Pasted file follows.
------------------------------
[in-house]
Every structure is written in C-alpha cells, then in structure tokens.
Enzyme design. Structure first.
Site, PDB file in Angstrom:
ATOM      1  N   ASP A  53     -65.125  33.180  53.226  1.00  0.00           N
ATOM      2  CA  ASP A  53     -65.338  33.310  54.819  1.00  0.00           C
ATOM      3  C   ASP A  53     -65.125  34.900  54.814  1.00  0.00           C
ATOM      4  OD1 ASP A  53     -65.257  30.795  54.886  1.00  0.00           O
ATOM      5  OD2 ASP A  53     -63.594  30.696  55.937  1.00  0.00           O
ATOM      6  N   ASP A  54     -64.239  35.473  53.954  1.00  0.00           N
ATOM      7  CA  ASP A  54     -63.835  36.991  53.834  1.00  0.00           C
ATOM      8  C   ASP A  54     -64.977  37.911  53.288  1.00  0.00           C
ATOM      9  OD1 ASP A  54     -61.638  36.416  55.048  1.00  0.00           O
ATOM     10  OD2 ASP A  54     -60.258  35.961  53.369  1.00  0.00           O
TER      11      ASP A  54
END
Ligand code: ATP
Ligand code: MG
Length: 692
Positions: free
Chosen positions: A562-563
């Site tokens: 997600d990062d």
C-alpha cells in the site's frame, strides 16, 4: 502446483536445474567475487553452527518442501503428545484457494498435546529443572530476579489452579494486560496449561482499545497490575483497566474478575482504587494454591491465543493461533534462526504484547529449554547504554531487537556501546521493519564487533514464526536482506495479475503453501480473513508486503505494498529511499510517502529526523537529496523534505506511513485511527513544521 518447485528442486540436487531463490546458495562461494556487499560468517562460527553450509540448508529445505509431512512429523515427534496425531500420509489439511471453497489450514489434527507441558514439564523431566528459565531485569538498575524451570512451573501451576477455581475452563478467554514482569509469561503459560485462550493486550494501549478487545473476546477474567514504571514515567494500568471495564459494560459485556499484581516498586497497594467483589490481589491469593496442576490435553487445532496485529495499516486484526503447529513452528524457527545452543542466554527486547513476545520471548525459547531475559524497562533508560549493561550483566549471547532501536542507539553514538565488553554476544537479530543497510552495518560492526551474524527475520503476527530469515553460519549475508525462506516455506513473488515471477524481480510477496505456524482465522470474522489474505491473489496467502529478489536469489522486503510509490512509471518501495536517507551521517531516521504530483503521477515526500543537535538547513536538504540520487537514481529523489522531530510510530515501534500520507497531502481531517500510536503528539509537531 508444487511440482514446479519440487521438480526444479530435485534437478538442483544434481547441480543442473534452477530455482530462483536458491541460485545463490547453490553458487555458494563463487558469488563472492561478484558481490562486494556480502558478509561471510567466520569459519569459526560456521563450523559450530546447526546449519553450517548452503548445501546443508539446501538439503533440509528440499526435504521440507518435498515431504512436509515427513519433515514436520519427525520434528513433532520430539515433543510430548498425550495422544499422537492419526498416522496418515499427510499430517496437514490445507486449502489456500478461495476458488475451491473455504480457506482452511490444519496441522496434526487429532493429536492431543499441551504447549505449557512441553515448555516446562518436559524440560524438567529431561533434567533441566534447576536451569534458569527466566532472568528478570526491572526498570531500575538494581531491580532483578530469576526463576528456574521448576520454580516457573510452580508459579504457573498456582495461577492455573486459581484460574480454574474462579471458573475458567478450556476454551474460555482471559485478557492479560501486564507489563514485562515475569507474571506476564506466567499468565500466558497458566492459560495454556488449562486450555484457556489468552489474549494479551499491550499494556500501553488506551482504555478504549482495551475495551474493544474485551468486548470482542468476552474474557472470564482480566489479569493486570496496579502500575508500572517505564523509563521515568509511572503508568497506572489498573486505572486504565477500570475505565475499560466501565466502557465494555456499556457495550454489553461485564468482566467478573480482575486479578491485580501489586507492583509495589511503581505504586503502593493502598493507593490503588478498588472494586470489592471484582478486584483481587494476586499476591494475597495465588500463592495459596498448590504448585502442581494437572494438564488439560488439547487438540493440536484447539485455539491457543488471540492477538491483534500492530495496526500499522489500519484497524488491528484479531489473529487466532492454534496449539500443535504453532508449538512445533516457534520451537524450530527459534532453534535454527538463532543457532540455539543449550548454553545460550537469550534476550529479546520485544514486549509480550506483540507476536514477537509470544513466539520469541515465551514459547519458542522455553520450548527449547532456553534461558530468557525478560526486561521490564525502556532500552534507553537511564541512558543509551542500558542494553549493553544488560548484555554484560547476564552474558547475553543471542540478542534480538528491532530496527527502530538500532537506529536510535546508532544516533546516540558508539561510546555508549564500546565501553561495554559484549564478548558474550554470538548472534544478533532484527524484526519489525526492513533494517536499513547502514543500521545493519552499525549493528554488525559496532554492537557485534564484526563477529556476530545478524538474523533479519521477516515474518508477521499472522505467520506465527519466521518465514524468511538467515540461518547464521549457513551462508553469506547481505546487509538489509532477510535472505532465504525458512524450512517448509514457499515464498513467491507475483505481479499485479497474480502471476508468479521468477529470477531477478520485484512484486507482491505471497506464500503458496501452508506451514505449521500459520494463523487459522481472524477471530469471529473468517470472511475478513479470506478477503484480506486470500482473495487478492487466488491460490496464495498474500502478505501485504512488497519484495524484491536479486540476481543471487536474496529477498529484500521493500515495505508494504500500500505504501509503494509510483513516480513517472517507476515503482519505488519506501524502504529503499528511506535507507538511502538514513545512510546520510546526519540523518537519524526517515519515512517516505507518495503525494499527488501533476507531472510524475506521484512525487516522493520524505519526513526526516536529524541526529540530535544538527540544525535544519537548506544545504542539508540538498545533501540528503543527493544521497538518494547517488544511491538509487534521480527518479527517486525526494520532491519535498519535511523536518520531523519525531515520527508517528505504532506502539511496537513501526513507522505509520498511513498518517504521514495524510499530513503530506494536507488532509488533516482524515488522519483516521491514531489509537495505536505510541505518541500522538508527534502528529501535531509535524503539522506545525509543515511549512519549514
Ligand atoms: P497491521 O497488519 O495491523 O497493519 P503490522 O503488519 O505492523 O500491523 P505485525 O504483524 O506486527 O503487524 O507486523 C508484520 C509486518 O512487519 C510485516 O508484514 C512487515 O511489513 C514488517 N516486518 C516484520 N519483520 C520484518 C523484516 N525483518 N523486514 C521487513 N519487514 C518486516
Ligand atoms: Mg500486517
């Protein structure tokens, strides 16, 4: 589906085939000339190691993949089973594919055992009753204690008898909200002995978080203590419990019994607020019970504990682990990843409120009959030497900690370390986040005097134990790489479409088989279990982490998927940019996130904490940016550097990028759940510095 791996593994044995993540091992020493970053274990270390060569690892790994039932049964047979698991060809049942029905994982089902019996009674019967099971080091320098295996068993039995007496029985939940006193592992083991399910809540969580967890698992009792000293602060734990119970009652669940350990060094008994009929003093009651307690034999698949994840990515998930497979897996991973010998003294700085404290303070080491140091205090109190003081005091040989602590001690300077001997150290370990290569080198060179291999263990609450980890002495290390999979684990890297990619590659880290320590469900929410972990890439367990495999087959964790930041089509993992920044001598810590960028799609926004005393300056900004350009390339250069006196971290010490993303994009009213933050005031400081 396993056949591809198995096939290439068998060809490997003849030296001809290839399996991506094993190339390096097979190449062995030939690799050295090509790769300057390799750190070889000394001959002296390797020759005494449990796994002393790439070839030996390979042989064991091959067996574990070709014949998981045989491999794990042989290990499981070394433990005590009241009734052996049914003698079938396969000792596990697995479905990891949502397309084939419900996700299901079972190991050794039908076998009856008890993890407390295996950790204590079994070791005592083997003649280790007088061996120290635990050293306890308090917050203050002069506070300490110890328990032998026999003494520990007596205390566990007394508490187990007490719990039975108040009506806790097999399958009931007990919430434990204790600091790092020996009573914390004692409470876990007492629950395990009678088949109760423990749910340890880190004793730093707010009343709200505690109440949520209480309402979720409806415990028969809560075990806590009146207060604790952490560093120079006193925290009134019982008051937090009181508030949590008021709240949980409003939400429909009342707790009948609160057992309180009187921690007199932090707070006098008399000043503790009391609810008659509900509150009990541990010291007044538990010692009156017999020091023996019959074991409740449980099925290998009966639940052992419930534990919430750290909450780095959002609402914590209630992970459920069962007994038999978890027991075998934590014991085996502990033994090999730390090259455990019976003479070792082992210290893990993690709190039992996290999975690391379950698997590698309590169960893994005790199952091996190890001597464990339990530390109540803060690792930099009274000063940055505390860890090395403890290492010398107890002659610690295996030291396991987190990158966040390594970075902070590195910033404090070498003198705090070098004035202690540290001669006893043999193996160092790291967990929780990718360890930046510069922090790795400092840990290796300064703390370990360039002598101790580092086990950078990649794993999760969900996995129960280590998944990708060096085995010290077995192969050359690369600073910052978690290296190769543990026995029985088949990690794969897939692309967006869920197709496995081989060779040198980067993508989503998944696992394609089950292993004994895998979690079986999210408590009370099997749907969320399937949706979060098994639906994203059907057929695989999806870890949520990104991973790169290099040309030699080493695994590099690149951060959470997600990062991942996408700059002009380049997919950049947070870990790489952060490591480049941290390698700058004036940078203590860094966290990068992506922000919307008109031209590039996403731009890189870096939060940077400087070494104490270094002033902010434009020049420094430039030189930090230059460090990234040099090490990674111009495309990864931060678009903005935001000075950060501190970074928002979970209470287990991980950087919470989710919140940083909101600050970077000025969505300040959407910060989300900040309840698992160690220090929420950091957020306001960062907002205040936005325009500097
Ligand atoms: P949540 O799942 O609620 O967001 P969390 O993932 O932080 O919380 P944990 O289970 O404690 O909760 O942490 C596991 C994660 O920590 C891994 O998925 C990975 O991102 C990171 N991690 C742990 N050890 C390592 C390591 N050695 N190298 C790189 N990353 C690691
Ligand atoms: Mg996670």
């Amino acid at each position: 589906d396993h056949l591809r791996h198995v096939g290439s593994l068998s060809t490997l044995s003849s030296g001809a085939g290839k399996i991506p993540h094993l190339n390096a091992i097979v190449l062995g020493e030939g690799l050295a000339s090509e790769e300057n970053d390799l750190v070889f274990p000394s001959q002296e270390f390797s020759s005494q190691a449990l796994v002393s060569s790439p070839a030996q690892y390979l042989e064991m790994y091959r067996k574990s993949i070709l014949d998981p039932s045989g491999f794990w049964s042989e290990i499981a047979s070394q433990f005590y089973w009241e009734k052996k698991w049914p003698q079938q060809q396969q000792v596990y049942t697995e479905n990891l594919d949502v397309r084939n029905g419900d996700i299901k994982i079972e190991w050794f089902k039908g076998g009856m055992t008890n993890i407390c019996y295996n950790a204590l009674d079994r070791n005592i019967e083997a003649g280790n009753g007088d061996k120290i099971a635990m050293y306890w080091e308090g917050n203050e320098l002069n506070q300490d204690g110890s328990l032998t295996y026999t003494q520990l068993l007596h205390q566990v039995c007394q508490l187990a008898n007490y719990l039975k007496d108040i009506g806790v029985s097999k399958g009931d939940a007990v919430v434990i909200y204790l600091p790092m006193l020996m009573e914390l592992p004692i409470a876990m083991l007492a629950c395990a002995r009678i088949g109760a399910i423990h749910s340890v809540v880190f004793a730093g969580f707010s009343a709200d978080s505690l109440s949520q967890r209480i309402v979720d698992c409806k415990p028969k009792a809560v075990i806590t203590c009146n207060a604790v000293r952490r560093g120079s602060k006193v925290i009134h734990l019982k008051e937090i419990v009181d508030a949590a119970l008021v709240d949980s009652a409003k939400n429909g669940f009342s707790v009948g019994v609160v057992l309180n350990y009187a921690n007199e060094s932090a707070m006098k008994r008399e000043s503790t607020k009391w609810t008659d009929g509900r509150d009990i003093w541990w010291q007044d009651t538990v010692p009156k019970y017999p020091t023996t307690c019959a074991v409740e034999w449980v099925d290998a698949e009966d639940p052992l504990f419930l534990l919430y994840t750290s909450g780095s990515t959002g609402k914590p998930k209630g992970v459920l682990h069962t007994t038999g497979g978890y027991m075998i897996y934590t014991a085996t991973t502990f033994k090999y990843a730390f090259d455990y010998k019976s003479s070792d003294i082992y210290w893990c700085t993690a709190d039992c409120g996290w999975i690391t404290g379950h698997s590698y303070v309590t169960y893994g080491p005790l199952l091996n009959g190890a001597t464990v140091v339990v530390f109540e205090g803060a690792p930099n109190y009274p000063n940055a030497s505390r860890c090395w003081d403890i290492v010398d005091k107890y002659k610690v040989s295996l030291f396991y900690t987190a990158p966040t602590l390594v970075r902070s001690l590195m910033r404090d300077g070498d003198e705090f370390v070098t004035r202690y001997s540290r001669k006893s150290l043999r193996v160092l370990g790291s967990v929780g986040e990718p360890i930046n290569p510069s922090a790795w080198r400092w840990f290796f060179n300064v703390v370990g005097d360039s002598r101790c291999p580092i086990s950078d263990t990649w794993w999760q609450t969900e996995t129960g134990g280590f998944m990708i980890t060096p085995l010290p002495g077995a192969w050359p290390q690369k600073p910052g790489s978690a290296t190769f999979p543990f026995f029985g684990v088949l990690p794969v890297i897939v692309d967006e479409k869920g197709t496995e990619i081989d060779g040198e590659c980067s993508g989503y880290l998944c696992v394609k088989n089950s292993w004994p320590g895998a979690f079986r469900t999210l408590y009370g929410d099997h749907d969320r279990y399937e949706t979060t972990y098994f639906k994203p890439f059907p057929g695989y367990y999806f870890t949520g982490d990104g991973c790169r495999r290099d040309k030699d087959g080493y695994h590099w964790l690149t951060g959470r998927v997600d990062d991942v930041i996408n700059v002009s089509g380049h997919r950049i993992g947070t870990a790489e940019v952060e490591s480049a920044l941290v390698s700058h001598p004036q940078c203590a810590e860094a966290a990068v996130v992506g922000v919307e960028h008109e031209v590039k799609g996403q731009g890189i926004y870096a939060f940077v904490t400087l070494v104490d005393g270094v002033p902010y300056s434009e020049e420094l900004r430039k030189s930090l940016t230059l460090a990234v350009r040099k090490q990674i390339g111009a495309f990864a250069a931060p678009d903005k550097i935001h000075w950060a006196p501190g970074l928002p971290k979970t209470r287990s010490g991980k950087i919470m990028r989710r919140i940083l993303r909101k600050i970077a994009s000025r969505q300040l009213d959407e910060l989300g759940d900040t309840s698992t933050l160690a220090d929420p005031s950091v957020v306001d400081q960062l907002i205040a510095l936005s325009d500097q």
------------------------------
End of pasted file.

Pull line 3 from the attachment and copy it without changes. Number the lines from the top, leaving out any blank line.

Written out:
Enzyme design. Structure first.